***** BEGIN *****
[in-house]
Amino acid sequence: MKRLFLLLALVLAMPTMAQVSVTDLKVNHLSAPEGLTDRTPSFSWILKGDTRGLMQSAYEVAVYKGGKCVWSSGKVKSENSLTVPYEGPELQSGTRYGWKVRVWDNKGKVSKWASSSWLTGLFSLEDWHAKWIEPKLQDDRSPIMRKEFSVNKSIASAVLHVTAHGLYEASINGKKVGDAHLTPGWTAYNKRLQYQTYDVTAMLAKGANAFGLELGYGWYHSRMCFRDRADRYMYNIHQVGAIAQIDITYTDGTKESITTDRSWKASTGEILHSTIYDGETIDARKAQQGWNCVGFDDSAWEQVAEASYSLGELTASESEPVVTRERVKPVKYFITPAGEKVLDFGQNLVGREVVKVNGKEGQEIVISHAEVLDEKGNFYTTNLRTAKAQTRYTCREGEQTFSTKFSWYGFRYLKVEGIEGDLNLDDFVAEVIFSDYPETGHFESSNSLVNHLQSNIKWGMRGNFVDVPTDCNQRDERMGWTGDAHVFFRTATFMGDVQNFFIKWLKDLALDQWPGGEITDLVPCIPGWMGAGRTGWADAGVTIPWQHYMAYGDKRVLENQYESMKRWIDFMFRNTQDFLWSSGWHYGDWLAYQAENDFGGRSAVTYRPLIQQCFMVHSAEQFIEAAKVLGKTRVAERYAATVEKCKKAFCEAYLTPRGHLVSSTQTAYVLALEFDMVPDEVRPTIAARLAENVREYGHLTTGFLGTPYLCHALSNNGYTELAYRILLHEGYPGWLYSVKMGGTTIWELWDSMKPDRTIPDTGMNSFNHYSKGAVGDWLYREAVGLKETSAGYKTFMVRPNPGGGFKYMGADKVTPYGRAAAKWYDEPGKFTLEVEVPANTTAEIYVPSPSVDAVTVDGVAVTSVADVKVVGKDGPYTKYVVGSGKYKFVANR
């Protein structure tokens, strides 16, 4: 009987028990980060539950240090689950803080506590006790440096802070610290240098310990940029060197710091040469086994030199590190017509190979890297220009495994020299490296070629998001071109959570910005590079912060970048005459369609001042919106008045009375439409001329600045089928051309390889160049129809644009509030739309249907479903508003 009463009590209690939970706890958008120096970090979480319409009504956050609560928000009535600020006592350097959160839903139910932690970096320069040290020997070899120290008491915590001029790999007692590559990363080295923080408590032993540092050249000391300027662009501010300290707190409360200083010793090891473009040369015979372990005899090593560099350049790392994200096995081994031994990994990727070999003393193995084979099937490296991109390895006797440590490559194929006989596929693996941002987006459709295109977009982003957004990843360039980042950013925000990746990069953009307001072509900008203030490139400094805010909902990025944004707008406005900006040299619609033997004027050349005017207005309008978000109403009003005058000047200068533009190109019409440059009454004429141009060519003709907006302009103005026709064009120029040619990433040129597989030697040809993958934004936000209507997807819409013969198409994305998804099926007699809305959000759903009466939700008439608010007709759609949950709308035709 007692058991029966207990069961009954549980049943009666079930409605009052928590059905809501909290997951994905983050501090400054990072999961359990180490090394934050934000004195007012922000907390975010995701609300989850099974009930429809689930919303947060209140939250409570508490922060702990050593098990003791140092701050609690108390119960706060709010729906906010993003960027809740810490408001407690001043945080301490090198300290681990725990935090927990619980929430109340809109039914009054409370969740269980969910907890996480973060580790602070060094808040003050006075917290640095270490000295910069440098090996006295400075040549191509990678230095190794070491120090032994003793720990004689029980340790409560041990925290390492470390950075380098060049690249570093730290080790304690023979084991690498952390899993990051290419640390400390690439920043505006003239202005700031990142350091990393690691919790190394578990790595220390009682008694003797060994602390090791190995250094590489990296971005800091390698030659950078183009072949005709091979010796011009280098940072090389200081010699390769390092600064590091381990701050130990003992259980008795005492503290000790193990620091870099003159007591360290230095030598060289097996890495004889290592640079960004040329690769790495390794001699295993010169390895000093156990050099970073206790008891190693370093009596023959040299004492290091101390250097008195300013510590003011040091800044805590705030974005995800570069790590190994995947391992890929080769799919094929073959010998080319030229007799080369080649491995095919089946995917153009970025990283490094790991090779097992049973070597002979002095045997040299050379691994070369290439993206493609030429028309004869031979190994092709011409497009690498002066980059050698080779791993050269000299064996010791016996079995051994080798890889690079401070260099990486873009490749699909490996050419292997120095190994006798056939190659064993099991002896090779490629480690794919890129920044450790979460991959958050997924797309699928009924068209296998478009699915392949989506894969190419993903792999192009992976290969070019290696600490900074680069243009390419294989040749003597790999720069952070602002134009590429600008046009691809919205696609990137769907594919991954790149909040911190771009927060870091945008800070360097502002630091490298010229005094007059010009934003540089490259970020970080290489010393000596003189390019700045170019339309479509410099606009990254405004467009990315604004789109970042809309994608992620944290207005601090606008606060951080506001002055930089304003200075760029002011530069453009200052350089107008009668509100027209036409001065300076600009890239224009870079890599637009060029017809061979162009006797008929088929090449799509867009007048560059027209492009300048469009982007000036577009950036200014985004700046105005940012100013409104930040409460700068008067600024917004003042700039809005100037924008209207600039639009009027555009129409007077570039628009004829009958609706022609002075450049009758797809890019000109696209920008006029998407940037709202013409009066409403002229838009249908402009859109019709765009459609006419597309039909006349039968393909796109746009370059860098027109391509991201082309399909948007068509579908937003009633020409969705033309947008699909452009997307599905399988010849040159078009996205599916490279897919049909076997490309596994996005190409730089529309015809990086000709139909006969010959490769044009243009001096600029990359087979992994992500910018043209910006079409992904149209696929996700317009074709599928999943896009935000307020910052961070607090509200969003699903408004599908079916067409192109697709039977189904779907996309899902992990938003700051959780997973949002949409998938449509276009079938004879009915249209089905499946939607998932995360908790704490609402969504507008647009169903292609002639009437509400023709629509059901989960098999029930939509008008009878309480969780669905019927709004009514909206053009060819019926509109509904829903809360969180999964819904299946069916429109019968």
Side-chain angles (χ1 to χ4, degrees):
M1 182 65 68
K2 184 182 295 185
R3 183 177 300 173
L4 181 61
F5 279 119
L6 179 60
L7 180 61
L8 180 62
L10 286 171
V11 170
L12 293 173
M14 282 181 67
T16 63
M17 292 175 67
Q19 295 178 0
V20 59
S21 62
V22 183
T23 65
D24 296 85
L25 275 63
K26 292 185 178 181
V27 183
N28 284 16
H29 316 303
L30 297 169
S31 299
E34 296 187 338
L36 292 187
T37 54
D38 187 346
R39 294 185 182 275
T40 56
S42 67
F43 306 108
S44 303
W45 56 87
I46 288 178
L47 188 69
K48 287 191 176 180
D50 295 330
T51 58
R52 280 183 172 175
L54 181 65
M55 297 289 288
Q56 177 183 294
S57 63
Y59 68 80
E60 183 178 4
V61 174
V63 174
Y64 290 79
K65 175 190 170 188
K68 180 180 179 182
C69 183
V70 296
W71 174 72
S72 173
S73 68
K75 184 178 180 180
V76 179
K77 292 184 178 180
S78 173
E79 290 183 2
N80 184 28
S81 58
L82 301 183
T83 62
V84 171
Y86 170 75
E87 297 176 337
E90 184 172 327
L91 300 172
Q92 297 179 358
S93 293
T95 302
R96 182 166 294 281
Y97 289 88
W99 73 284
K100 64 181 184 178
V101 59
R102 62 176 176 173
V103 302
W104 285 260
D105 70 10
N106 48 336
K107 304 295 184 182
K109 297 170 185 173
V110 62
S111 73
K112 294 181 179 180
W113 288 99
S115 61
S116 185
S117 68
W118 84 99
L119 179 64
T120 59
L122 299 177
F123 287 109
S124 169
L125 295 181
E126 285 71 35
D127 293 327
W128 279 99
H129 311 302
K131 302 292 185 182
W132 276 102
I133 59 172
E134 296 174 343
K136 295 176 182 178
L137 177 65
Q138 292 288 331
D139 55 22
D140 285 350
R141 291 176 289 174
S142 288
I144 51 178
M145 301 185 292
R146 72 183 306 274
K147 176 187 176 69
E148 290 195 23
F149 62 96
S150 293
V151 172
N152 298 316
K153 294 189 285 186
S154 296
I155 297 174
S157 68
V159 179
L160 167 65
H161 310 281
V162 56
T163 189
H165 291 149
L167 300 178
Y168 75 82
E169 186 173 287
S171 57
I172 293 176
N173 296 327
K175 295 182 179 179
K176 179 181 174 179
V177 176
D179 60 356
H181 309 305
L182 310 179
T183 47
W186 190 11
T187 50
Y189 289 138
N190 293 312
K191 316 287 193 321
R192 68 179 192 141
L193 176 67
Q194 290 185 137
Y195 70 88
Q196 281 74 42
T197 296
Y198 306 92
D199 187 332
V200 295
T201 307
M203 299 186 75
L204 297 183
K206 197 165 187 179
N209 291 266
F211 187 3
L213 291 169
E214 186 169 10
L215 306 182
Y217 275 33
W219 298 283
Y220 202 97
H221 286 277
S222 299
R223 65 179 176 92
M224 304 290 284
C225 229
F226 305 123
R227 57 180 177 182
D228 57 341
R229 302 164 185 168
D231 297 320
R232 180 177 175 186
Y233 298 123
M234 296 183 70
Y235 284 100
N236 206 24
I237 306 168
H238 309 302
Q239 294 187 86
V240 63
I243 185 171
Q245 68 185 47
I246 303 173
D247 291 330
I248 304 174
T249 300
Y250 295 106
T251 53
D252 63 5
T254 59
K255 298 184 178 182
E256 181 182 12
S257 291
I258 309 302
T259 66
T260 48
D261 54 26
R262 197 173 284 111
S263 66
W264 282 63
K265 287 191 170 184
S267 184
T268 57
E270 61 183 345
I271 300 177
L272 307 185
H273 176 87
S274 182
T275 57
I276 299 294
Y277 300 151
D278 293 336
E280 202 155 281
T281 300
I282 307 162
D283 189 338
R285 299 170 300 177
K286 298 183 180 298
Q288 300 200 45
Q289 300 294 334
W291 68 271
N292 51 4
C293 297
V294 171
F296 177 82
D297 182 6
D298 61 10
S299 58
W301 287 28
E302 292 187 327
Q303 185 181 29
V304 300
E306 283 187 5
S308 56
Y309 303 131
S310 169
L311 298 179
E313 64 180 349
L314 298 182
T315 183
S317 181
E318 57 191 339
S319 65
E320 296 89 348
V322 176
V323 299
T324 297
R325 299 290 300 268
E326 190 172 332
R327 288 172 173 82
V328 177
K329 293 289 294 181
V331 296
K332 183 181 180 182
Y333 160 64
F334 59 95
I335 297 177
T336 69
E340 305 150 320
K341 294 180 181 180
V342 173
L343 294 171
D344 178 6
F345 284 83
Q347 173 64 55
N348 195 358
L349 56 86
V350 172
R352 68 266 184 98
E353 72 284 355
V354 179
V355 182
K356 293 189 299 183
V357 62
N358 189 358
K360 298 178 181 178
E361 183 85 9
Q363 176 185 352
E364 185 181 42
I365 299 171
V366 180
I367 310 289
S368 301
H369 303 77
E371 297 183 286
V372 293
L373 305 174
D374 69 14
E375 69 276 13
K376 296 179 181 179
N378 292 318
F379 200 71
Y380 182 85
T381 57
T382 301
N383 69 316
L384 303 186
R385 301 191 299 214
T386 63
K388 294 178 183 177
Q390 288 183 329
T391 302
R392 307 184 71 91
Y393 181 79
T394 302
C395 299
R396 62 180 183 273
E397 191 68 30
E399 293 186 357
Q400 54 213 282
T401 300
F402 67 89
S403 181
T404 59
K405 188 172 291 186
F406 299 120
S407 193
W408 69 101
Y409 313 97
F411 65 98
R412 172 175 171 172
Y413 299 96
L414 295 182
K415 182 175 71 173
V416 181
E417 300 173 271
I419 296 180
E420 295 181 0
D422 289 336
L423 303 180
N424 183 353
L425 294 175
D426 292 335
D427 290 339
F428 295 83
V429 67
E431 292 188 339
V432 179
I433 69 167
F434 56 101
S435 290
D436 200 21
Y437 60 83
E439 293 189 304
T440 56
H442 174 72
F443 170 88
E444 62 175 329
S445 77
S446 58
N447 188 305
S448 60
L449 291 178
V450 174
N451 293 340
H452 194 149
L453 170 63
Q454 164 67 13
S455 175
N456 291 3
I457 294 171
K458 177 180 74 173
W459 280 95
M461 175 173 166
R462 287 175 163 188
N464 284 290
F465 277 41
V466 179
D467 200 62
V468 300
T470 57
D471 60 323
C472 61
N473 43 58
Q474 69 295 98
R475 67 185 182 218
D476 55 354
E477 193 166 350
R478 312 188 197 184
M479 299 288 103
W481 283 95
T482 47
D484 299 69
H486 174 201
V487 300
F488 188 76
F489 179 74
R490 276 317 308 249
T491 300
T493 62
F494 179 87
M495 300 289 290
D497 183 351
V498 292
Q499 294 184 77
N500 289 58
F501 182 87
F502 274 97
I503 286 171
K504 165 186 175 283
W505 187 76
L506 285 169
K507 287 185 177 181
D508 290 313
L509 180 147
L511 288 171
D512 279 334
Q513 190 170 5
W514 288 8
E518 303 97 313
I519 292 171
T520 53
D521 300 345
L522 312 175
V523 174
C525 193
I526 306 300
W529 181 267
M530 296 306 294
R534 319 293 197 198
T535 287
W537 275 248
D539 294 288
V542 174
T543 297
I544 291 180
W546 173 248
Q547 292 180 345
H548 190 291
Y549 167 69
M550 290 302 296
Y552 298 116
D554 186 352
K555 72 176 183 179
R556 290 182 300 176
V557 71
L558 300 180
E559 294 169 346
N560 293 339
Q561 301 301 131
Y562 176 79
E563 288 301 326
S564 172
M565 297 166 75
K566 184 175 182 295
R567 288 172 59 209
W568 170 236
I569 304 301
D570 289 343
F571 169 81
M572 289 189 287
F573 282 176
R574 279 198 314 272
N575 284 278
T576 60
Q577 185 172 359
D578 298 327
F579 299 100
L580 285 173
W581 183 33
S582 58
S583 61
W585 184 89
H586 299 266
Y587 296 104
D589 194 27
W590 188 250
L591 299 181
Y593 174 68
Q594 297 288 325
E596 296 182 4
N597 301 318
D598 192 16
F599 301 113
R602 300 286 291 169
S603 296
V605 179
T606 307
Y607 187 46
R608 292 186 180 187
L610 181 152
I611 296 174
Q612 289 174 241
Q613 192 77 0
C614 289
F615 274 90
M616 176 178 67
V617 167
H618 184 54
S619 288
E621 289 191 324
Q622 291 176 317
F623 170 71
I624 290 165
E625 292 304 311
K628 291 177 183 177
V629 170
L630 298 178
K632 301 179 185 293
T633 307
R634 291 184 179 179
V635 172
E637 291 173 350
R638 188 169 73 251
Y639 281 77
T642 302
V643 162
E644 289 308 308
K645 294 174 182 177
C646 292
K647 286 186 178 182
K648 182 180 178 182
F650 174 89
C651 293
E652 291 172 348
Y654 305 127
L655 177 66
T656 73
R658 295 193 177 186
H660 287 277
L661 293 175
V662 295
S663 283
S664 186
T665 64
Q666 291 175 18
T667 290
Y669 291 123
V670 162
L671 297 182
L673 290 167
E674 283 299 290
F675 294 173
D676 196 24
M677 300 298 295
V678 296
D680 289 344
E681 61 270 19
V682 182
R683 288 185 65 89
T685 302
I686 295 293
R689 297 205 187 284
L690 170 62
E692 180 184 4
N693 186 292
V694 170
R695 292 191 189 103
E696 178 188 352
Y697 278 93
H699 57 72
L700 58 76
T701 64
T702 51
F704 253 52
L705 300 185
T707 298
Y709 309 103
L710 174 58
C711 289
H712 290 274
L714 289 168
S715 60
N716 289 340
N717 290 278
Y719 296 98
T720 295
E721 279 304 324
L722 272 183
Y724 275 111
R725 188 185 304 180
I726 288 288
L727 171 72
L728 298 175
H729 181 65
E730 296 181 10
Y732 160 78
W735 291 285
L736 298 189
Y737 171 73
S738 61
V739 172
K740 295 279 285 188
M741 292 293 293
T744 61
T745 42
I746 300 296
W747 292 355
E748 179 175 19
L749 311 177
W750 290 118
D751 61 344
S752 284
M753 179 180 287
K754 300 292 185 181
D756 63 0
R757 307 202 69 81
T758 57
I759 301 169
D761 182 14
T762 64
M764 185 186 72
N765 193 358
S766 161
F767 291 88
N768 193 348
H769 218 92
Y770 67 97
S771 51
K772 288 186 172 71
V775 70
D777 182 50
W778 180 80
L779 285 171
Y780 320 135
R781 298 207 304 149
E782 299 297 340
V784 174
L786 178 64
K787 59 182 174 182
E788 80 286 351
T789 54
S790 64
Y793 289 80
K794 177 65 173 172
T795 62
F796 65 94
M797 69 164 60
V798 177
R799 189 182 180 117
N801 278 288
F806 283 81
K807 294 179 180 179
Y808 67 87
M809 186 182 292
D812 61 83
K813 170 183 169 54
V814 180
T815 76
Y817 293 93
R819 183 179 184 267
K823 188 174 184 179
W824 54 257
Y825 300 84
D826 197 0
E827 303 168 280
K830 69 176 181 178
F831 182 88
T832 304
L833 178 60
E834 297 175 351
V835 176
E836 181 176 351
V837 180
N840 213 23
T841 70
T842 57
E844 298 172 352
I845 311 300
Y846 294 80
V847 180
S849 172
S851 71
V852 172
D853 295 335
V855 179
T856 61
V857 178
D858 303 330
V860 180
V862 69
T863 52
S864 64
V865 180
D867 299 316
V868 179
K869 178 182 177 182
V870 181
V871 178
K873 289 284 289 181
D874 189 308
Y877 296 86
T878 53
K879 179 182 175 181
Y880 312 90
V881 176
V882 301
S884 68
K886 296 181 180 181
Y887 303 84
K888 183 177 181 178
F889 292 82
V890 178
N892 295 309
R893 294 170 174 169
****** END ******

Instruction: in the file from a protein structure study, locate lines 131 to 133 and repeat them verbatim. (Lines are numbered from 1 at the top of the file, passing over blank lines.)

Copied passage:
K153 294 189 285 186
S154 296
I155 297 174